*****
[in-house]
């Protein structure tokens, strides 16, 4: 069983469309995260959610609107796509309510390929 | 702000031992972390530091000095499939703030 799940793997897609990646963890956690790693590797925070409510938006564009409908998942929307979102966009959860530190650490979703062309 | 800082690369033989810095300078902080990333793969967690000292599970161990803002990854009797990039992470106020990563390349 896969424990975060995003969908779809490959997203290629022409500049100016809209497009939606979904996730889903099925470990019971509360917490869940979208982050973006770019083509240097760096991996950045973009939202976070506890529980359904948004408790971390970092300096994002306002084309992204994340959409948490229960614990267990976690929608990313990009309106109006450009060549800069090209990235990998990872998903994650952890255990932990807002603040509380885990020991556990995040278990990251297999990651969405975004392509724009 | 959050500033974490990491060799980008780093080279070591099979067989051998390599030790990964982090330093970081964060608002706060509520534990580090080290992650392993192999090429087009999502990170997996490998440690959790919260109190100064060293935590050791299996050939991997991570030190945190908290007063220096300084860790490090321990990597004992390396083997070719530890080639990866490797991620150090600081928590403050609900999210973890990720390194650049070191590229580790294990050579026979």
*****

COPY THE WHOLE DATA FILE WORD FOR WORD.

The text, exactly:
[in-house]
């Protein structure tokens, strides 16, 4: 069983469309995260959610609107796509309510390929 | 702000031992972390530091000095499939703030 799940793997897609990646963890956690790693590797925070409510938006564009409908998942929307979102966009959860530190650490979703062309 | 800082690369033989810095300078902080990333793969967690000292599970161990803002990854009797990039992470106020990563390349 896969424990975060995003969908779809490959997203290629022409500049100016809209497009939606979904996730889903099925470990019971509360917490869940979208982050973006770019083509240097760096991996950045973009939202976070506890529980359904948004408790971390970092300096994002306002084309992204994340959409948490229960614990267990976690929608990313990009309106109006450009060549800069090209990235990998990872998903994650952890255990932990807002603040509380885990020991556990995040278990990251297999990651969405975004392509724009 | 959050500033974490990491060799980008780093080279070591099979067989051998390599030790990964982090330093970081964060608002706060509520534990580090080290992650392993192999090429087009999502990170997996490998440690959790919260109190100064060293935590050791299996050939991997991570030190945190908290007063220096300084860790490090321990990597004992390396083997070719530890080639990866490797991620150090600081928590403050609900999210973890990720390194650049070191590229580790294990050579026979």